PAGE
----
Guest Author: Henry Herz

13240064_1100770546649029_4587016448810551750_nHenry Herz and I met at the Gaithersburg Book Festival last year. I was sellin’ some books at the SCBWI table, and we got to talking about our mutual love of Shakespeare (his gorgeously illustrated MABEL AND THE QUEEN OF DREAMS is a picture book based on the Queen Mab speech from ROMEO & JULIET). I’m thrilled he wanted to share his thoughts about writing and to talk about his adorable new picture book!

 

Tell us about your newest project.

I’m very excited about it. My picture book, CAP’N REX & HIS CLEVER CREW, comes out in -3August from Sterling (the publishing arm of Barnes & Noble). Captain Rex and his dinosaur pirates sail the seven seas in search of buried treasure. But whenever they hit an obstacle—like a giant shark or pea-soup fog—the crew members are quick to say they can’t overcome. To this, Captain Rex always glares with teeth bared and says, “CAN’T YE?” And, somehow, the crew always comes up with a clever solution. The book has already received positive reviews from Kirkus and Booklist.

 

What was your inspiration?

I thought it would be fun to do a mashup – a combination of unlikely elements. In fact, my original title was DINOSAUR SPACE PIRATES! But it became clear as I worked on the manuscript that mashing up three ideas was one idea too many. Kids love dinosaurs, and they love pirates. So, they must REALLY love a book featuring dinosaur pirates, right?

 

when-you-give-an-imp-a-penny-book-coverIs there a common theme in your books?

No, each of my books has its own theme. Well, except MONSTER GOOSE NURSERY RHYMES, which has no theme because it’s simply a collection of fractured nursery rhymes. WHEN YOU GIVE AN IMP A PENNY conveys that it’s the thought that counts. LITTLE RED CUTTLEFISH teaches young readers to be brave. And CAP’N REX & HIS CLEVER CREW has a theme of thinking outside the box and persistence.

 

What was your favorite picture book when you were little?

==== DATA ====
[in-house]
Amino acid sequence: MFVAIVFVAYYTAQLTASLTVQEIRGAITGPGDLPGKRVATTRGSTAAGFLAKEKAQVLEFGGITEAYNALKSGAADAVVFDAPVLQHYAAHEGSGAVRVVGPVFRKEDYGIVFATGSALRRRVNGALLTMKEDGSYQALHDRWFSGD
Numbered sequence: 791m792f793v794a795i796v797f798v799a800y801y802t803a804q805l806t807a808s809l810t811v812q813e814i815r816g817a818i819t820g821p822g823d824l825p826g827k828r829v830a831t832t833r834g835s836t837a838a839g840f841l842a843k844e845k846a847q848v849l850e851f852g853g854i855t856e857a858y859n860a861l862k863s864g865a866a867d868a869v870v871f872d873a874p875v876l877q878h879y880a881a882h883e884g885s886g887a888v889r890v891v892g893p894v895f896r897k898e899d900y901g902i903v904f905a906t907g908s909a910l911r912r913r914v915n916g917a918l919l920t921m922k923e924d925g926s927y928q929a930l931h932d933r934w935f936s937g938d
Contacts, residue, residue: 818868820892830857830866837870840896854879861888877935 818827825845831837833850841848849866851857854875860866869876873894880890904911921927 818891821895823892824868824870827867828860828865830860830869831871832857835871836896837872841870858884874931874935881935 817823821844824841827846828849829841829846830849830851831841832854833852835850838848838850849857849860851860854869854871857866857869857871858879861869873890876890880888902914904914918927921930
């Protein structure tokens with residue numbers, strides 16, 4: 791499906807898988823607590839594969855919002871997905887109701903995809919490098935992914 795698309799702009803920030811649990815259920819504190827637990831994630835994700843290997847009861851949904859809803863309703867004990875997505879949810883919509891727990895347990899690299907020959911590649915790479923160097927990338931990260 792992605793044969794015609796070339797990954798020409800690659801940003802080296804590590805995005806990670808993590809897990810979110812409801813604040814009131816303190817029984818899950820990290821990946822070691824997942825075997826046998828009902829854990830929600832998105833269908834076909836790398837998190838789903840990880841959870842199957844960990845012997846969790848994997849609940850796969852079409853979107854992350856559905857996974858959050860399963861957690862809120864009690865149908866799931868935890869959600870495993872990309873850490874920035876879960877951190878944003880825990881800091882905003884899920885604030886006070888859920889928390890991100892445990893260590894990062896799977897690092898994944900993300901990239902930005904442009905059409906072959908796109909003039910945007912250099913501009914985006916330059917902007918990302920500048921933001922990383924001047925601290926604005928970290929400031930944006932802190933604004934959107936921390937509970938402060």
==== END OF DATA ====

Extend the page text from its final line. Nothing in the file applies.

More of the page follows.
That’s easy! WHERE THE WILD THINGS ARE by Maurice Sendak. I must have borrowed it from the elementary school library a dozen times. I loved the illustrations. You know it’s a good book when you want to leap into the pages and explore. I loved the idea that a kid could hang out with (relatively) friendly monsters. It probably sparked my lifelong love of reading fantasy.

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Was there a book that inspired you to want to write?

Surprisingly not, but that’s because I began writing for children when I drafted a chapter book, NIMPENTOAD, to get my young (at that time) sons interested in reading fantasy. It was originally intended just for them, and used images grabbed from the Web for illustrations. But we got such encouraging feedback, that we ended up hiring an illustrator and self-publishing it. That’s when the writing bug bit me.

 

What makes you laugh and does that influence your writing?

Many things make me laugh: Cute animals, young kids, clever word play, and irony. In 2018, I have a picture book coming out, HOW THE SQUID GOT TWO LONG ARMS, which uses the irony of the protagonist’s self-delusion (think of Jon Klassen’s THIS IS NOT MY HAT) for humorous effect. Next year will also feature another picture book, GOOD EGG & BAD APPLE, which is loaded with food-based word play. Here’s the pitch: Not all the foods in the refrigerator get along like peas in a pod. Bad Apple and Second Banana are at the root of the problem. The vegetables are steamed. Good Egg suggests his friends try different responses to the bullies, but his tactics don’t bear fruit, at first. Only by using his noodle does Good Egg save their bacon.

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What is your day job? How does it inspire your writing? Does it ever get in the way?

My day job is as a process improvement analyst. That means I study how companies do things, and make recommendations for how they can reduce costs, save time, increase quality, and improve customer satisfaction. It’s very analytical, and has nothing to do with my writing. But, neither does it get in the way. Nor should it, since I don’t buy the theory that people are either analytical or creative. I do plot out my stories (even picture books). So, I suppose being analytical is helpful for that.

 

What advice do you have for aspiring writers, young or old?

The short version is: hone your craft and be persistent.

The longer version is my article “Be an Animal to Write a Picture Book” at https://henryherz.wordpress.com/2014/11/21/be-an-animal-to-write-a-picture-book/

 

Who would win in a fight: Queen Mab or a dinosaur pirate?image5

Since the Queen of the Fae only visits people when they’re sleeping, even a ferocious T-rex buccaneer would be helpless against her magic.

 

Where can we learn more about your books?

At my website at www.henryherz.com and on Facebook at https://www.facebook.com/henry.herz/

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